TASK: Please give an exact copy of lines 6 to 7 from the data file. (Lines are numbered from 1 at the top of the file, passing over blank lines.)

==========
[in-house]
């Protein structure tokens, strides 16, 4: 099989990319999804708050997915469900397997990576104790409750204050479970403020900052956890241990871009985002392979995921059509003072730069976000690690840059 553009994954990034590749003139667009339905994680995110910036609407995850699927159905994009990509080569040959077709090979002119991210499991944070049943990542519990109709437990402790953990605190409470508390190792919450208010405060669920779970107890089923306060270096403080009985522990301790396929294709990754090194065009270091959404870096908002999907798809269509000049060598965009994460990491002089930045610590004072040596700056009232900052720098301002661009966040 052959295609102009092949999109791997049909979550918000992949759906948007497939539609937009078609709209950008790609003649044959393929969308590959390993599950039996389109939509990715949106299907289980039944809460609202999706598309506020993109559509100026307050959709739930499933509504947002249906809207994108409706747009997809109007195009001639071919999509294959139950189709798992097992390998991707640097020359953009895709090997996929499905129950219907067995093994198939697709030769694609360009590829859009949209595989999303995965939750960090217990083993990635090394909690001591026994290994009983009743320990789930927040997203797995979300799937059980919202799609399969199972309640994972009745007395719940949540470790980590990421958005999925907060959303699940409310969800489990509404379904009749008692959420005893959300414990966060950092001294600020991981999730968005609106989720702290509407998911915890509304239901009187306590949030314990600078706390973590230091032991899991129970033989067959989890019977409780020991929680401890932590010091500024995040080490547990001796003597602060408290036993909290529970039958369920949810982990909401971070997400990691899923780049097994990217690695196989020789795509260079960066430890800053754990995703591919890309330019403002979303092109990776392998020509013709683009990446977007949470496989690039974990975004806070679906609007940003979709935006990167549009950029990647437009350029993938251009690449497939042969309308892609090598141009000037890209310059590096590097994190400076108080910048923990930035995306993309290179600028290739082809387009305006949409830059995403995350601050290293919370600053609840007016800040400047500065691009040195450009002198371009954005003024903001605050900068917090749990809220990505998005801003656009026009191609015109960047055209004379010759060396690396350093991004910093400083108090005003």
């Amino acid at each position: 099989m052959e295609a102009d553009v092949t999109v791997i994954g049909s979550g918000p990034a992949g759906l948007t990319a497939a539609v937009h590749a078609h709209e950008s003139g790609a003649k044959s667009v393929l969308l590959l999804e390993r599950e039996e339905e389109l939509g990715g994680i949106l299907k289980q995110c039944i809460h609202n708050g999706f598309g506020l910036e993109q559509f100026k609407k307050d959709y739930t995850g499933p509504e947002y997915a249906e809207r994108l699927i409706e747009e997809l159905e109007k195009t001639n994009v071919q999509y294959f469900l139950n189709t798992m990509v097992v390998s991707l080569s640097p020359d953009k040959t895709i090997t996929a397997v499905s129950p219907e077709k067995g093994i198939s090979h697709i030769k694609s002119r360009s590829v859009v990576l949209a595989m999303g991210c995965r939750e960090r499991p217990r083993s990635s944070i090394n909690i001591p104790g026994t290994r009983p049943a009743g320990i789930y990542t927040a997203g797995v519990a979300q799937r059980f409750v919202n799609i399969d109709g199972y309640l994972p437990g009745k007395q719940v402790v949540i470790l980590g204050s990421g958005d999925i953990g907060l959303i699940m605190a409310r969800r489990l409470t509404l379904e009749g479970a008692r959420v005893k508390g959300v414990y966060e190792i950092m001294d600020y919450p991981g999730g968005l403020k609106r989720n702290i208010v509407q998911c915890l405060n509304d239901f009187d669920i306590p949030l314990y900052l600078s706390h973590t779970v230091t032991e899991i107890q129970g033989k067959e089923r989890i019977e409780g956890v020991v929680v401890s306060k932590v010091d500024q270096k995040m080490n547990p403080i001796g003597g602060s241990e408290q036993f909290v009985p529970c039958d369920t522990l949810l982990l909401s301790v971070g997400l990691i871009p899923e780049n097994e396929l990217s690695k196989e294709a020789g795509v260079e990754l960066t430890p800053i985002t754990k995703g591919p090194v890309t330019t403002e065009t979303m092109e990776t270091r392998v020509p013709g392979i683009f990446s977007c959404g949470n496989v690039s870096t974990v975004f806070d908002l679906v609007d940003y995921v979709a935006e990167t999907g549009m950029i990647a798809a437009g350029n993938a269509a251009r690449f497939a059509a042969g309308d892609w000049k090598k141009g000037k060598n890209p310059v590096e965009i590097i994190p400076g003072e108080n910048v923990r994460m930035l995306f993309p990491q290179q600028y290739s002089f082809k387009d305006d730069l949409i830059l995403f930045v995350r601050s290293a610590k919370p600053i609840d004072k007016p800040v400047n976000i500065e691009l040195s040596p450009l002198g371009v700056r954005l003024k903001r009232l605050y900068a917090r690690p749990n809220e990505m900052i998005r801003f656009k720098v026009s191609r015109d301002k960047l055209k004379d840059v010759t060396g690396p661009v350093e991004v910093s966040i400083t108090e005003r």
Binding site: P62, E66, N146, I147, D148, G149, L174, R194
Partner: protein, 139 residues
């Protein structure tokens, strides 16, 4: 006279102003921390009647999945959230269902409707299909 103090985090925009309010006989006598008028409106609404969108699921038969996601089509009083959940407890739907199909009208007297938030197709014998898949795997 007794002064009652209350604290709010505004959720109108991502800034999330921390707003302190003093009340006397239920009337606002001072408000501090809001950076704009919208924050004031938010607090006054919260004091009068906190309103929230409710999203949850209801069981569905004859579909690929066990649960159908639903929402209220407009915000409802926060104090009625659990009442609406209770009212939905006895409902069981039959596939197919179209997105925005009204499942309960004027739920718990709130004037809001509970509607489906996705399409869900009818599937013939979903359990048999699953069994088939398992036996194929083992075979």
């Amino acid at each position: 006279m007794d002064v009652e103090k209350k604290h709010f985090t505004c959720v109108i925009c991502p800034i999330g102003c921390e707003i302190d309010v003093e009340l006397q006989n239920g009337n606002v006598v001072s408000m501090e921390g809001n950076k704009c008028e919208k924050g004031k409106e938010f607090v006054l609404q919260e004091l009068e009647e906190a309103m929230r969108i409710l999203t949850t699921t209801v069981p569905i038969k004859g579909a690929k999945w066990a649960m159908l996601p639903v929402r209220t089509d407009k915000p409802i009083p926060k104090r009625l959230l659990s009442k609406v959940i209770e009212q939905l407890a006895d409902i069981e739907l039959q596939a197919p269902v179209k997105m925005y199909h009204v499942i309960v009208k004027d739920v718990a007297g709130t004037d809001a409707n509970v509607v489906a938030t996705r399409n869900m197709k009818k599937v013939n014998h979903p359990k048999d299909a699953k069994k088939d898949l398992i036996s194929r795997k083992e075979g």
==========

């Protein structure tokens, strides 16, 4: 006279102003921390009647999945959230269902409707299909 103090985090925009309010006989006598008028409106609404969108699921038969996601089509009083959940407890739907199909009208007297938030197709014998898949795997 007794002064009652209350604290709010505004959720109108991502800034999330921390707003302190003093009340006397239920009337606002001072408000501090809001950076704009919208924050004031938010607090006054919260004091009068906190309103929230409710999203949850209801069981569905004859579909690929066990649960159908639903929402209220407009915000409802926060104090009625659990009442609406209770009212939905006895409902069981039959596939197919179209997105925005009204499942309960004027739920718990709130004037809001509970509607489906996705399409869900009818599937013939979903359990048999699953069994088939398992036996194929083992075979």
């Amino acid at each position: 006279m007794d002064v009652e103090k209350k604290h709010f985090t505004c959720v109108i925009c991502p800034i999330g102003c921390e707003i302190d309010v003093e009340l006397q006989n239920g009337n606002v006598v001072s408000m501090e921390g809001n950076k704009c008028e919208k924050g004031k409106e938010f607090v006054l609404q919260e004091l009068e009647e906190a309103m929230r969108i409710l999203t949850t699921t209801v069981p569905i038969k004859g579909a690929k999945w066990a649960m159908l996601p639903v929402r209220t089509d407009k915000p409802i009083p926060k104090r009625l959230l659990s009442k609406v959940i209770e009212q939905l407890a006895d409902i069981e739907l039959q596939a197919p269902v179209k997105m925005y199909h009204v499942i309960v009208k004027d739920v718990a007297g709130t004037d809001a409707n509970v509607v489906a938030t996705r399409n869900m197709k009818k599937v013939n014998h979903p359990k048999d299909a699953k069994k088939d898949l398992i036996s194929r795997k083992e075979g």